As the Perseverance rover drilled into a rock on Wednesday to collect a sample from Jezero Crater on Mars, Justin Simon, a planetary scientist at NASA’s Johnson Space Center in Houston, felt both nervous and excited. He has the honor of serving as the “sample shepherd,” leading the effort from millions of miles away, but the pressure’s on. “These samples not only will allow us to understand the geology of the crater but also minerals likely related to the history of water there,” he said yesterday.
But first, the rover had to actually capture a chunk of rock in a test-tube-sized container. An initial attempt in early August had come up empty. That first rock, nicknamed “Roubion,” simply crumbled to dust as the drill bored into it, and none of those bits made it into the container.
Simon can now breathe a sigh of relief. Perseverance’s second try, with a different rock, appears to have successfully extracted a Martian core slightly thicker than a pencil.
“We got that image of just a spectacular-looking core, a fantastic-looking cylinder, broken off cleanly. It looks geologically very interesting, something scientists of the future will enjoy working on,” says Ken Farley, a Caltech geochemist and project scientist of the Perseverance mission, which is led by NASA’s Jet Propulsion Laboratory in Pasadena, California.
But the analysis of the new sample is going to take awhile, because NASA scientists haven’t been able to get clear photographs due to low lighting conditions, which makes the images tough to interpret. To add more drama for the scientists, when Perseverance did a “percuss-to-ingest” procedure—shaking the sample to make sure the tube wasn’t overfilled, which would make the system jam when it’s stored—one image appeared to show an empty sample tube. (They’re pretty sure they got the sample, but they’re going to try taking more images in better light over the next couple of days.)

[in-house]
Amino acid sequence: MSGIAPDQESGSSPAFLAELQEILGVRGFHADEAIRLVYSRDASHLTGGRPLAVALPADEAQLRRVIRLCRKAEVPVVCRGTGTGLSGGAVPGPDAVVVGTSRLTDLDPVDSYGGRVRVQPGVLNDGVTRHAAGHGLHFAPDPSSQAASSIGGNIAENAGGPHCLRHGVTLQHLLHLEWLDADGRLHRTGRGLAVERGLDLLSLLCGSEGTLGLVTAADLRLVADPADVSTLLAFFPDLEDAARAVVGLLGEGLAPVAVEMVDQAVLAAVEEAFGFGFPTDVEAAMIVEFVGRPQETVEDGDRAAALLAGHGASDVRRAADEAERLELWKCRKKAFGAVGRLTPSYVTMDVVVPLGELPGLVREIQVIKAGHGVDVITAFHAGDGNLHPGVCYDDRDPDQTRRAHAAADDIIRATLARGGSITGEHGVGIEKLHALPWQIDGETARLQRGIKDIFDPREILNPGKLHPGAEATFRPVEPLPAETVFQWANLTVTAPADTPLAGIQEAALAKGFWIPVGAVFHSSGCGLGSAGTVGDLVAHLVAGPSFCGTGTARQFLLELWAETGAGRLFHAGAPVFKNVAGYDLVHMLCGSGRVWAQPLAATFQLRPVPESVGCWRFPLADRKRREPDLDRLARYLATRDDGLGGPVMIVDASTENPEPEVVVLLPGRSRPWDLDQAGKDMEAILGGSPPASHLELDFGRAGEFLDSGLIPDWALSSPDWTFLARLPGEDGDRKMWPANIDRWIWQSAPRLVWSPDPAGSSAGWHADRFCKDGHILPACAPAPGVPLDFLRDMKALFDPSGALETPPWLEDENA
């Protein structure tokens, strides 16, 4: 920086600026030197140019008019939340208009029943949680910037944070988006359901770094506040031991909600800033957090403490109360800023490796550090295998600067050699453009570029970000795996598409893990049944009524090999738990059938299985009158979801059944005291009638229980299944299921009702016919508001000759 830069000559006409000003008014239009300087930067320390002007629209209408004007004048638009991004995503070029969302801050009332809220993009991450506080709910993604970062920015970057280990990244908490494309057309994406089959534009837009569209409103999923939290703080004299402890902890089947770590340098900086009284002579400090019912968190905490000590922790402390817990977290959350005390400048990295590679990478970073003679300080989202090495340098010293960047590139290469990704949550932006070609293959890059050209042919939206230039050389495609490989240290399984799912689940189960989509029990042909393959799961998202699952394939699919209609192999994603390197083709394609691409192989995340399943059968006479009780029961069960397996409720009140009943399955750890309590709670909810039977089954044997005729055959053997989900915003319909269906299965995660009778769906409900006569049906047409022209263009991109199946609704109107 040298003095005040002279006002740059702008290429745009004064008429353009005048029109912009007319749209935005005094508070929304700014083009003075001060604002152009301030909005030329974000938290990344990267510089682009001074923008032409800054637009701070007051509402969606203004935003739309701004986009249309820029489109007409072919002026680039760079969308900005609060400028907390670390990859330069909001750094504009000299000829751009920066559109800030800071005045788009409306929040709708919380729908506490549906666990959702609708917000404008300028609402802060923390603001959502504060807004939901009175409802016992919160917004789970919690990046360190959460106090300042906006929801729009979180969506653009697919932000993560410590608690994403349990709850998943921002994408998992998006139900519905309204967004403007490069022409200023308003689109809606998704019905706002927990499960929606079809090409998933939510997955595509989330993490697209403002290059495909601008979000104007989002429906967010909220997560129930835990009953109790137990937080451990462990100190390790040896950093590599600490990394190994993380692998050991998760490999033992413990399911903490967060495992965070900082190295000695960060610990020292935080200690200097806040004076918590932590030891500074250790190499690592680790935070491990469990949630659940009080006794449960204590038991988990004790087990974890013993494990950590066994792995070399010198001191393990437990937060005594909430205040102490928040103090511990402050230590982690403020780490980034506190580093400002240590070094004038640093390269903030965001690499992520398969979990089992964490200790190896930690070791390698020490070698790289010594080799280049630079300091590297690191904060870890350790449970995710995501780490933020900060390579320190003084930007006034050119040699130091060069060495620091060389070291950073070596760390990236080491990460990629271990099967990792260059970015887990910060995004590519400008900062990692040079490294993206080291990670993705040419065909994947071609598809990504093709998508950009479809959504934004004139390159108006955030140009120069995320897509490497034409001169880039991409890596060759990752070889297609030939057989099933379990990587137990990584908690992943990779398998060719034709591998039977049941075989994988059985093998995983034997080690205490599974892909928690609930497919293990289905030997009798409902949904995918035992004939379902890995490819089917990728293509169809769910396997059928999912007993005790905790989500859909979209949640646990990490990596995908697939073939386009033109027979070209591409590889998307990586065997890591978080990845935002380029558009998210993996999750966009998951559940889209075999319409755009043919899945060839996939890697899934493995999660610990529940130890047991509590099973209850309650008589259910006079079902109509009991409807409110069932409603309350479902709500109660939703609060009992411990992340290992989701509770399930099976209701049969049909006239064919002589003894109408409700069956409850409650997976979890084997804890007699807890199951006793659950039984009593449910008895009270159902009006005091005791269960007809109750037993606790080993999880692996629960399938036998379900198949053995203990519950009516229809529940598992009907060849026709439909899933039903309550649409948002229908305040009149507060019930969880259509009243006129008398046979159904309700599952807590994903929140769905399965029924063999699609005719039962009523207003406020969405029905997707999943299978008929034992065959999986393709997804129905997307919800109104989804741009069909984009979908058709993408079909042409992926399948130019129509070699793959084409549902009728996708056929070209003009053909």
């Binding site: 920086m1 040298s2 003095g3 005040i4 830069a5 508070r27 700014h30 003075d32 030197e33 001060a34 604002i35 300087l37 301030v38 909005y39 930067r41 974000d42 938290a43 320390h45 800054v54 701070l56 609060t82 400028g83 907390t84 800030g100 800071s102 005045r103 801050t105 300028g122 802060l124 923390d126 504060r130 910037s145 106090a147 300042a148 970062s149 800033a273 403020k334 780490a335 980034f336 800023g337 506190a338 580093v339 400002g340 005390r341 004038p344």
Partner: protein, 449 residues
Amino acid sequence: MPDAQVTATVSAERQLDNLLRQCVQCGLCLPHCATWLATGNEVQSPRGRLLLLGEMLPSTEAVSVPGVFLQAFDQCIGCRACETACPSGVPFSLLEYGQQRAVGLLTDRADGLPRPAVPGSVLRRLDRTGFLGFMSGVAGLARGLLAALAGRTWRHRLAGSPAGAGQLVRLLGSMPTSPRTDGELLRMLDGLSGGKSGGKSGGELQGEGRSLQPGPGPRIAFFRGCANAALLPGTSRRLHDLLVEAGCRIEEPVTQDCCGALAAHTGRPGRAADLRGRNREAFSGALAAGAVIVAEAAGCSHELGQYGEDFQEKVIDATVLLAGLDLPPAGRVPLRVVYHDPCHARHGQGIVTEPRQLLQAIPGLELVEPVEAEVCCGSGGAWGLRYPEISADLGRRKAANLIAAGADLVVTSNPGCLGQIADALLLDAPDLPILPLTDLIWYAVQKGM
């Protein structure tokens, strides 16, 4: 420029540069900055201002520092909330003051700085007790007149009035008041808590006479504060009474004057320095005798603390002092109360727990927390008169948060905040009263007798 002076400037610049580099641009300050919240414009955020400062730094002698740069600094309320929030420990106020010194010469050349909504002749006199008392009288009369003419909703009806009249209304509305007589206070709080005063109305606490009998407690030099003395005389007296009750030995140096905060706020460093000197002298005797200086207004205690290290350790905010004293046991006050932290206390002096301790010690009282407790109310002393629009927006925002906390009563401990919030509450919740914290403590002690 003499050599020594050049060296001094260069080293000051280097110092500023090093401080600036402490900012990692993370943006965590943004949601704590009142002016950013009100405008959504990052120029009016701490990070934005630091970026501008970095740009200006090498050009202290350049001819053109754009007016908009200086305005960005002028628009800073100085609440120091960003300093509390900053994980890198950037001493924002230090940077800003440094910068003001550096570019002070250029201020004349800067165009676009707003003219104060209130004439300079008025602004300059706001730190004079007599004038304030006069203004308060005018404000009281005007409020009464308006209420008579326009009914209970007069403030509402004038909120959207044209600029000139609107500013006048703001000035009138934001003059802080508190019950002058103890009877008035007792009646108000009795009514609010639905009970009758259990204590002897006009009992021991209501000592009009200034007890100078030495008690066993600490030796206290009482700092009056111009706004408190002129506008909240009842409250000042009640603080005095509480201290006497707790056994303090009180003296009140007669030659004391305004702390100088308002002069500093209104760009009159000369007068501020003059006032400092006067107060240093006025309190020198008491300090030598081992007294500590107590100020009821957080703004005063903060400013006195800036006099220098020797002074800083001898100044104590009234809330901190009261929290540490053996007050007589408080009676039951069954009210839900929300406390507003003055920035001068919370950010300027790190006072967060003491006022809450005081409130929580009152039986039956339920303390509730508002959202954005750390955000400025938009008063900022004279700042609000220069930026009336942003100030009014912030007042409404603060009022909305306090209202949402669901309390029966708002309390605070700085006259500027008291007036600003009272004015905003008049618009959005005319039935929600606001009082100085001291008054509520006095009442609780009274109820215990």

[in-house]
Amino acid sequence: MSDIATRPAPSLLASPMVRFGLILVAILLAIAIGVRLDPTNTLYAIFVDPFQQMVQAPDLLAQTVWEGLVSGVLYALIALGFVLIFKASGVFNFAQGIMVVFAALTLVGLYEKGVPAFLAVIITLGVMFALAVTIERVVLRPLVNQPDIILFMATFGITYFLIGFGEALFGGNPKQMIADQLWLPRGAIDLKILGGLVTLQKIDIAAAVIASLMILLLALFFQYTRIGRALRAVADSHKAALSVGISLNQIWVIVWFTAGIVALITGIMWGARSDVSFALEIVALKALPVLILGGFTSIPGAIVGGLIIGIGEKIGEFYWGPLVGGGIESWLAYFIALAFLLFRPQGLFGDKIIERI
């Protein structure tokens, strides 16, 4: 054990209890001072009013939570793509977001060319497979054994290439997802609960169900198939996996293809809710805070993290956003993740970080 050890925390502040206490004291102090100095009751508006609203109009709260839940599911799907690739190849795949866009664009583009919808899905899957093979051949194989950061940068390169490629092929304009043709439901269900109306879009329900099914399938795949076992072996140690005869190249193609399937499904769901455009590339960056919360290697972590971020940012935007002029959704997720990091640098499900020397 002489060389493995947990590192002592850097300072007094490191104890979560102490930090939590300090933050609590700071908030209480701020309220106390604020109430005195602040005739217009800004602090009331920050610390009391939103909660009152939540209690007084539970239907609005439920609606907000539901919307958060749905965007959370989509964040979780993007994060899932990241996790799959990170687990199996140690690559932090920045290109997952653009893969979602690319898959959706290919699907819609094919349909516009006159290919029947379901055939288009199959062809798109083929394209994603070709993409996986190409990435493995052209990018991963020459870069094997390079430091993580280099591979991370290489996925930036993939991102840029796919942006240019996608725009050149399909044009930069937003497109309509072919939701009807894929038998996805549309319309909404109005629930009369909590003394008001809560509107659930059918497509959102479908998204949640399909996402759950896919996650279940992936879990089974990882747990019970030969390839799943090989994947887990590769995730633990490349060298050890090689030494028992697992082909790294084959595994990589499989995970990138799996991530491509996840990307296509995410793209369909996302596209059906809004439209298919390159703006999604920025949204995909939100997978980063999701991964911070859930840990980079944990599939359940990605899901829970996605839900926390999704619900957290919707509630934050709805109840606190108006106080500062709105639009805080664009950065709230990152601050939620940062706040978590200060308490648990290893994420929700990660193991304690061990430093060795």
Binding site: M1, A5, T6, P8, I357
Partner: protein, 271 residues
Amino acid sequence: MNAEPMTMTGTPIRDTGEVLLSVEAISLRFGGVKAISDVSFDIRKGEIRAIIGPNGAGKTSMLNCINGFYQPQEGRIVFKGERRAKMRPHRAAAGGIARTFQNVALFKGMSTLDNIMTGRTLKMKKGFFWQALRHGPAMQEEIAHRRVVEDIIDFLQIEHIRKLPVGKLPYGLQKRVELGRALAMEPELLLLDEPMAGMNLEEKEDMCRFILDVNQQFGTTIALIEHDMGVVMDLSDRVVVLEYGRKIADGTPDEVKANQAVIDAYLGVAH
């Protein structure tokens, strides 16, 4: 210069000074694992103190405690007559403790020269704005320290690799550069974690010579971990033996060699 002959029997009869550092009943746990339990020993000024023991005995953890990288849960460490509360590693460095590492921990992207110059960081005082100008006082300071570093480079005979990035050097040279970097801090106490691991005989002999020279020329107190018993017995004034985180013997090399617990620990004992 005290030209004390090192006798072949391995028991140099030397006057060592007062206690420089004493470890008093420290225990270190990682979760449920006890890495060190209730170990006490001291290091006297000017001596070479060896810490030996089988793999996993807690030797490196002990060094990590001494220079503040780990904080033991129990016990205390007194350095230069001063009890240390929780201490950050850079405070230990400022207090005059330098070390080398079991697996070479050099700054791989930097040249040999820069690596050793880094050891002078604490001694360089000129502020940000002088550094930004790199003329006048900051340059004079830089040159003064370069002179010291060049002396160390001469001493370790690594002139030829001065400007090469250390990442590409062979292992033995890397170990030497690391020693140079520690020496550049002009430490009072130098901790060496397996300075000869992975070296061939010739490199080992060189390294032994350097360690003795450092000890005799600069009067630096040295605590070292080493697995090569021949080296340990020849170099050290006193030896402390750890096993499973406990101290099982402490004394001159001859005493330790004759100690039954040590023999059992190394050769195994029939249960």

Perseverance’s first drill attempt, which essentially pulverized the sample, wasn’t a complete failure, as it yielded evidence suggesting the rock had been weathered, worn down by a river flowing into the lake crater billions of years ago. “It always had been possible that this lake was a transient event, like maybe a comet, rich in water, hit Mars and made lakes, and then it boiled away or froze within tens of years. But that would not produce the weathering we see,” said Farley in an interview earlier this week.
Since that rock was too powdery, the scientists then piloted the rover to a new area, looking for a different kind of rock to sample, using the Ingenuity copter to scout ahead. Perseverance trundled slightly to the west, where on a ridgeline the researchers found a larger, boulder-like rock, which they nicknamed “Rochette” and which seemed less likely to disintegrate when the rover deployed its tools on it. “It looks like a rock that, if you could throw it, would clank down on the ground. A good, healthy rock,” Farley said.
Before each sampling attempt, Perseverance performs reconnaissance by snapping a bunch of photos of a candidate rock. Last weekend, it also performed an abrasion test to see if Rochette was durable enough to sample. The rover is equipped with a rotary percussive drill (with extra drill bits) that both spins and hammers into the rock. This tool helps clear away dust and chip through the weathered outer layer. The abrasion was spectacularly successful, according to Farley, so the scientists decided to go ahead with grabbing a sample. Perseverance extended its 7-foot-long robotic arm, fired up the drill, and carefully extracted a core sample. Then it rotated the arm’s “hand” so that the sample tube could be inspected.
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